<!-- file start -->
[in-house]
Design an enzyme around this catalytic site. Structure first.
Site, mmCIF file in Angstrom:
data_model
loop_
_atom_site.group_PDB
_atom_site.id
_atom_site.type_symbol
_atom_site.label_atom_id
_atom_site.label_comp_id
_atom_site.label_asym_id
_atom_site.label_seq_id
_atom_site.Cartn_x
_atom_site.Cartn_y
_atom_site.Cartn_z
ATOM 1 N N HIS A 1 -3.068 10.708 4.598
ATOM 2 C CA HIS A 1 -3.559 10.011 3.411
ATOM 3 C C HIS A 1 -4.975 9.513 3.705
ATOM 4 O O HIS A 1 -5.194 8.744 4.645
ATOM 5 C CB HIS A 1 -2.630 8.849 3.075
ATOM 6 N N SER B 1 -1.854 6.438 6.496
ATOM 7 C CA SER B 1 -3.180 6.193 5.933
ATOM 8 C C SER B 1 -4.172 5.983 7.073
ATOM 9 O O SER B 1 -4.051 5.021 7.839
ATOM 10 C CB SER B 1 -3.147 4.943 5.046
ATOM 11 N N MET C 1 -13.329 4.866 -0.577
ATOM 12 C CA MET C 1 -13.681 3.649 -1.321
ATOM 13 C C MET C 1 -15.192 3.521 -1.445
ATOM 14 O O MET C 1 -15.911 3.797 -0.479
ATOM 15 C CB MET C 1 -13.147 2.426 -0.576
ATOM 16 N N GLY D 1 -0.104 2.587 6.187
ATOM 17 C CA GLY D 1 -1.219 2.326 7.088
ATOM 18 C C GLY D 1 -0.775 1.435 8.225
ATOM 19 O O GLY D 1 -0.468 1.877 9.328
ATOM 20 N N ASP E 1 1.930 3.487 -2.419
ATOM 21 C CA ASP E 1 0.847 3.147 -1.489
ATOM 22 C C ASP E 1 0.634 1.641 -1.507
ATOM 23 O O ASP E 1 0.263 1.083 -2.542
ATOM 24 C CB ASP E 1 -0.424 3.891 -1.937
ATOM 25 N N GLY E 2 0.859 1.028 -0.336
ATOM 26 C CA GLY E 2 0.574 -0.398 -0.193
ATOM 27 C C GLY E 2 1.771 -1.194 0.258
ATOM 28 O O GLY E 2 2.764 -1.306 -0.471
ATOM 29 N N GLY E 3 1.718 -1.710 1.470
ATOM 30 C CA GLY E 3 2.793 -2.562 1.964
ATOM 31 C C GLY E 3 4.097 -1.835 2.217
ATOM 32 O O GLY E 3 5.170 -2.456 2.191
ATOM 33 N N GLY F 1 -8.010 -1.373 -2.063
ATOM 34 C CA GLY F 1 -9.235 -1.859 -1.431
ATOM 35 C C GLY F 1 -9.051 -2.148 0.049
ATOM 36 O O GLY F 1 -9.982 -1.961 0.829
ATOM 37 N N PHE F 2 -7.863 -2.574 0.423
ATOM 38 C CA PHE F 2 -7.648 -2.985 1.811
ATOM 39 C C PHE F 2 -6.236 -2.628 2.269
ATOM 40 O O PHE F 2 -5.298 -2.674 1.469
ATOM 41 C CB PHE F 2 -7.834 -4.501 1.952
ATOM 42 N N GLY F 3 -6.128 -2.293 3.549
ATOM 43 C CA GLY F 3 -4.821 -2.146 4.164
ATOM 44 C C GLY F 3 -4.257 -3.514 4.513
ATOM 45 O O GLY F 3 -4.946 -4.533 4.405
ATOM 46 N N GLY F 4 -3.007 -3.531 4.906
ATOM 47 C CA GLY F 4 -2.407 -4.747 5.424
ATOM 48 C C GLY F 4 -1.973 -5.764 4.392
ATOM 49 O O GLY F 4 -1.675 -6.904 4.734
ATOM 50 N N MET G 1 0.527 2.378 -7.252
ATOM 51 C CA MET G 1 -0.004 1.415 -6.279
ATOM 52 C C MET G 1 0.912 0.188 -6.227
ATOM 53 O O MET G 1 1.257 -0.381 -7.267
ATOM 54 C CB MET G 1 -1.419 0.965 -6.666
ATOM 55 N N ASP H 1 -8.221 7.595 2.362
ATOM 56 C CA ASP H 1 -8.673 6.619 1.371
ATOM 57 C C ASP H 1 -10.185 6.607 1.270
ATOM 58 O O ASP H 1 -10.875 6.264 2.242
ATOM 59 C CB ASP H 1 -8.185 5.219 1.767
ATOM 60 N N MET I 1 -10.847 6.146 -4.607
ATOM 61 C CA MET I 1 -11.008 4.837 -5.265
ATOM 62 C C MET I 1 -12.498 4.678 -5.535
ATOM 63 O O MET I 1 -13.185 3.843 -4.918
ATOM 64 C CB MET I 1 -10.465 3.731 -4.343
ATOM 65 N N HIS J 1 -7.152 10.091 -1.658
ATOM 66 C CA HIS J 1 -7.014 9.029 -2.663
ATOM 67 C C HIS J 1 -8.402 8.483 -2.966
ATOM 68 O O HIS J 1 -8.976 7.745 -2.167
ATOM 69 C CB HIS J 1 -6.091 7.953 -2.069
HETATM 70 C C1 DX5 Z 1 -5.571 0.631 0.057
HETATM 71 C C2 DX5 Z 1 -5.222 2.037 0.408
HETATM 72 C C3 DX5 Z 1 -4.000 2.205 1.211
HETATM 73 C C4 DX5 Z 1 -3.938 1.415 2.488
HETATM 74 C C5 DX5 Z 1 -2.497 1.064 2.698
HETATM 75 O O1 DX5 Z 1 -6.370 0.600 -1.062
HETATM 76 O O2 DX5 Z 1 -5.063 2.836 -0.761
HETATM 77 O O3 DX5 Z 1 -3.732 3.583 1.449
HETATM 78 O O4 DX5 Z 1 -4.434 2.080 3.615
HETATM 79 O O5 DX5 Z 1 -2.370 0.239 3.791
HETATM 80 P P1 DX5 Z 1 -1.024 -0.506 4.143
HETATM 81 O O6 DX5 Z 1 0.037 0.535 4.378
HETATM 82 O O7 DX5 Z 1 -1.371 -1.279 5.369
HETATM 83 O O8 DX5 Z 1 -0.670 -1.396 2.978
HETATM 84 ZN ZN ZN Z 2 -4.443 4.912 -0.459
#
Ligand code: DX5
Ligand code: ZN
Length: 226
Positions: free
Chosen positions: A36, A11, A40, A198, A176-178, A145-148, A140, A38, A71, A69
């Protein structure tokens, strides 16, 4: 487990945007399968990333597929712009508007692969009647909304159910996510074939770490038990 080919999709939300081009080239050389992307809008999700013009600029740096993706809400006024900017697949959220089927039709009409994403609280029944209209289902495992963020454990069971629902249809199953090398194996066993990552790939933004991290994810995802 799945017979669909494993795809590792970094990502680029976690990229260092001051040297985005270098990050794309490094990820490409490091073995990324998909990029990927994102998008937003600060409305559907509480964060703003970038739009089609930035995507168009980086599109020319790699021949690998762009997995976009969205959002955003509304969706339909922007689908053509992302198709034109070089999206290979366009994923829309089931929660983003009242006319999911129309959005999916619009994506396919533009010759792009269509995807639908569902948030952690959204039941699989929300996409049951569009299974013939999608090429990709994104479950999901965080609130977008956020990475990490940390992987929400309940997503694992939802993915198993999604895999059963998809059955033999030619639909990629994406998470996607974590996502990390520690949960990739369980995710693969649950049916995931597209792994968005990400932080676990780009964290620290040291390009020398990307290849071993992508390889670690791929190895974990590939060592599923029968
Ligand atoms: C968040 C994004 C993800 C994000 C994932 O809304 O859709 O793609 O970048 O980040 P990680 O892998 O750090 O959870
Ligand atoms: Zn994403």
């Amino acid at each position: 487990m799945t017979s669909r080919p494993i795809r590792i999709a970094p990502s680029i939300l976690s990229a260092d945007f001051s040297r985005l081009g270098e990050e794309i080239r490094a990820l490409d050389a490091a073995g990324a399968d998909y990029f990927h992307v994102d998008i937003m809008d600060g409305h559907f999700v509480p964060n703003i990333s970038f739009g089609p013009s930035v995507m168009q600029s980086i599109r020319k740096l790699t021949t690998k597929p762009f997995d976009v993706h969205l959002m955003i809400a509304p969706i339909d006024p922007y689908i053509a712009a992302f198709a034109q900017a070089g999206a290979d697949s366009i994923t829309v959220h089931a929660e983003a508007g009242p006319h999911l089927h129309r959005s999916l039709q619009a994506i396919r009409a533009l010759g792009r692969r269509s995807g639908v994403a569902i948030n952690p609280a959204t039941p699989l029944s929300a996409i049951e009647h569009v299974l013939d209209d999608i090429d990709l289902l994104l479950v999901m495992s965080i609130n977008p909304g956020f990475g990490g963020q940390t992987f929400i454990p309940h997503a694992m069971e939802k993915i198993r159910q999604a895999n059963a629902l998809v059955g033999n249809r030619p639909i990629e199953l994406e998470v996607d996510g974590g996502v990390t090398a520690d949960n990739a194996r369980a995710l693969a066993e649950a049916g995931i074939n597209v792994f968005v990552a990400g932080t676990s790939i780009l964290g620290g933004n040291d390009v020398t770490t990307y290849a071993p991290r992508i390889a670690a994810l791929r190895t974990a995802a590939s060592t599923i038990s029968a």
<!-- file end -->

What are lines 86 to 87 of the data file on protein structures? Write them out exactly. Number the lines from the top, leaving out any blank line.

HETATM 71 C C2 DX5 Z 1 -5.222 2.037 0.408
HETATM 72 C C3 DX5 Z 1 -4.000 2.205 1.211